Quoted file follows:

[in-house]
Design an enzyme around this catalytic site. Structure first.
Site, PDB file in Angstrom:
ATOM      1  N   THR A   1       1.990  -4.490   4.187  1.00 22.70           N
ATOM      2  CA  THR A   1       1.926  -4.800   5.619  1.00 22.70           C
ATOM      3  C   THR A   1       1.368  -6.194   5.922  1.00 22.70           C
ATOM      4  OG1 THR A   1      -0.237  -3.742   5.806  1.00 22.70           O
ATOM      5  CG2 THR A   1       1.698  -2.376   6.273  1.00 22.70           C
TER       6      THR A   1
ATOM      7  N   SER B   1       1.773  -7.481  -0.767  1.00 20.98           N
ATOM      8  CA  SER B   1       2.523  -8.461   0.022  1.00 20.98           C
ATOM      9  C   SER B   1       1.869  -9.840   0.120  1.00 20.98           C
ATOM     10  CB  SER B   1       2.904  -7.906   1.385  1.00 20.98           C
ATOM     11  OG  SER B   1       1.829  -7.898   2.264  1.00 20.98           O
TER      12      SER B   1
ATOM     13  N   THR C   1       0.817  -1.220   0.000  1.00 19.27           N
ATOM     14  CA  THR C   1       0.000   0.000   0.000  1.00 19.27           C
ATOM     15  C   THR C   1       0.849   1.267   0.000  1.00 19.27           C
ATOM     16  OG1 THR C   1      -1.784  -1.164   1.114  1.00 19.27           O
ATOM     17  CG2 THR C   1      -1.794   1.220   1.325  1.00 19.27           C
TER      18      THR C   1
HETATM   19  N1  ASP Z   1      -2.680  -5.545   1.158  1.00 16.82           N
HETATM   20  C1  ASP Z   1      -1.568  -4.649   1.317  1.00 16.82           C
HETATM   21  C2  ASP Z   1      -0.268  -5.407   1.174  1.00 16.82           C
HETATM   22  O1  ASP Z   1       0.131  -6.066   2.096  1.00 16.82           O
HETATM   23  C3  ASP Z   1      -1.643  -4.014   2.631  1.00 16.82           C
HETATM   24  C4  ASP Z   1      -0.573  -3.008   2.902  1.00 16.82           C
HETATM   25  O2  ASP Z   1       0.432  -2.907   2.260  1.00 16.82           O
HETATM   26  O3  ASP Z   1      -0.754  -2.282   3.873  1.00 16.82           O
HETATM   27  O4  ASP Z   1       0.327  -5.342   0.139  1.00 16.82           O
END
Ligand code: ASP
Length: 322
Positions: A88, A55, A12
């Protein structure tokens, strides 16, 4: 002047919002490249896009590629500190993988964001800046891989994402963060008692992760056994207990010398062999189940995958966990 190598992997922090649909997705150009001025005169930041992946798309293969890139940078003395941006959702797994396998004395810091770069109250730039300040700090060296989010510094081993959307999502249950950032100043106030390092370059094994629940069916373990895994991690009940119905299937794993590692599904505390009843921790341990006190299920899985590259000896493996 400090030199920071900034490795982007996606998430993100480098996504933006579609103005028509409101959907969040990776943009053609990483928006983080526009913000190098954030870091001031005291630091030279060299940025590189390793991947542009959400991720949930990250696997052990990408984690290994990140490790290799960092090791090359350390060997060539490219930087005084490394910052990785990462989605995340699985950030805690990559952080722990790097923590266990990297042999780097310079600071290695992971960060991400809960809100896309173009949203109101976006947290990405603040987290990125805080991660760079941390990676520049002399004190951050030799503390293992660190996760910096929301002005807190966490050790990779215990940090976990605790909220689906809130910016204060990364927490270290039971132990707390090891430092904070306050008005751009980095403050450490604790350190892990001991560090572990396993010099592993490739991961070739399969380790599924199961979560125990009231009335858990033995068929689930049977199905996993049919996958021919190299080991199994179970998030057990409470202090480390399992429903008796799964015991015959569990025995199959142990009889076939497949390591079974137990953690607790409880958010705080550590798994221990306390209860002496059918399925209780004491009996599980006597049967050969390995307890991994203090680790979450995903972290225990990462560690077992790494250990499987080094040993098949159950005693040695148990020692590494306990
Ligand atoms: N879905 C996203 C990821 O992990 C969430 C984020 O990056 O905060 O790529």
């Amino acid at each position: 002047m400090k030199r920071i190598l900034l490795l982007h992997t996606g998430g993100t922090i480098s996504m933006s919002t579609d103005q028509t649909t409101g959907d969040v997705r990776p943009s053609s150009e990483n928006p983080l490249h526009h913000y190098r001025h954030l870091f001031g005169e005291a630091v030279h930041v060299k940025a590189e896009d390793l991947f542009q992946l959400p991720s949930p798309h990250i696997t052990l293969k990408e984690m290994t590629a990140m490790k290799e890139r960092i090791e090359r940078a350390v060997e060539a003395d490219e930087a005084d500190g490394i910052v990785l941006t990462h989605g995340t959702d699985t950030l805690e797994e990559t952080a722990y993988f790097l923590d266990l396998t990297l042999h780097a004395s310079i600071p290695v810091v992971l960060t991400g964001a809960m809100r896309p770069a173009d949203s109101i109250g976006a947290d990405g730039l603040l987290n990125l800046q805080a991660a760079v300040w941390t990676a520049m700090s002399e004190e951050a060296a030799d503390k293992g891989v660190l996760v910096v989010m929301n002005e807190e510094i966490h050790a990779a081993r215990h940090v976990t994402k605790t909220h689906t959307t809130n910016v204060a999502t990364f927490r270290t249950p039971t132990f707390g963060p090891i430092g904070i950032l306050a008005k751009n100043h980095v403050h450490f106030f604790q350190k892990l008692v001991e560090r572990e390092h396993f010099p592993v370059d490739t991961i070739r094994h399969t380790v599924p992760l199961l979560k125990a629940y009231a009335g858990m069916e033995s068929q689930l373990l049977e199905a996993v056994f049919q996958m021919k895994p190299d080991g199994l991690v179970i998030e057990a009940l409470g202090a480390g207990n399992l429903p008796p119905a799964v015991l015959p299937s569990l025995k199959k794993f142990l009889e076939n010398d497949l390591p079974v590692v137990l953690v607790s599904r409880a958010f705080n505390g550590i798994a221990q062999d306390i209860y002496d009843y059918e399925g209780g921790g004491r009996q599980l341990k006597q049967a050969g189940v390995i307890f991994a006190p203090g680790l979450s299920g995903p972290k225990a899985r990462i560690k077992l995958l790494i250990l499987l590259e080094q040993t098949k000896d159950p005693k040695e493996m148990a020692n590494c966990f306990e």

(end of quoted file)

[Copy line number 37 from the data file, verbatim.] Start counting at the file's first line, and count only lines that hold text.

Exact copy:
């Amino acid at each position: 002047m400090k030199r920071i190598l900034l490795l982007h992997t996606g998430g993100t922090i480098s996504m933006s919002t579609d103005q028509t649909t409101g959907d969040v997705r990776p943009s053609s150009e990483n928006p983080l490249h526009h913000y190098r001025h954030l870091f001031g005169e005291a630091v030279h930041v060299k940025a590189e896009d390793l991947f542009q992946l959400p991720s949930p798309h990250i696997t052990l293969k990408e984690m290994t590629a990140m490790k290799e890139r960092i090791e090359r940078a350390v060997e060539a003395d490219e930087a005084d500190g490394i910052v990785l941006t990462h989605g995340t959702d699985t950030l805690e797994e990559t952080a722990y993988f790097l923590d266990l396998t990297l042999h780097a004395s310079i600071p290695v810091v992971l960060t991400g964001a809960m809100r896309p770069a173009d949203s109101i109250g976006a947290d990405g730039l603040l987290n990125l800046q805080a991660a760079v300040w941390t990676a520049m700090s002399e004190e951050a060296a030799d503390k293992g891989v660190l996760v910096v989010m929301n002005e807190e510094i966490h050790a990779a081993r215990h940090v976990t994402k605790t909220h689906t959307t809130n910016v204060a999502t990364f927490r270290t249950p039971t132990f707390g963060p090891i430092g904070i950032l306050a008005k751009n100043h980095v403050h450490f106030f604790q350190k892990l008692v001991e560090r572990e390092h396993f010099p592993v370059d490739t991961i070739r094994h399969t380790v599924p992760l199961l979560k125990a629940y009231a009335g858990m069916e033995s068929q689930l373990l049977e199905a996993v056994f049919q996958m021919k895994p190299d080991g199994l991690v179970i998030e057990a009940l409470g202090a480390g207990n399992l429903p008796p119905a799964v015991l015959p299937s569990l025995k199959k794993f142990l009889e076939n010398d497949l390591p079974v590692v137990l953690v607790s599904r409880a958010f705080n505390g550590i798994a221990q062999d306390i209860y002496d009843y059918e399925g209780g921790g004491r009996q599980l341990k006597q049967a050969g189940v390995i307890f991994a006190p203090g680790l979450s299920g995903p972290k225990a899985r990462i560690k077992l995958l790494i250990l499987l590259e080094q040993t098949k000896d159950p005693k040695e493996m148990a020692n590494c966990f306990e």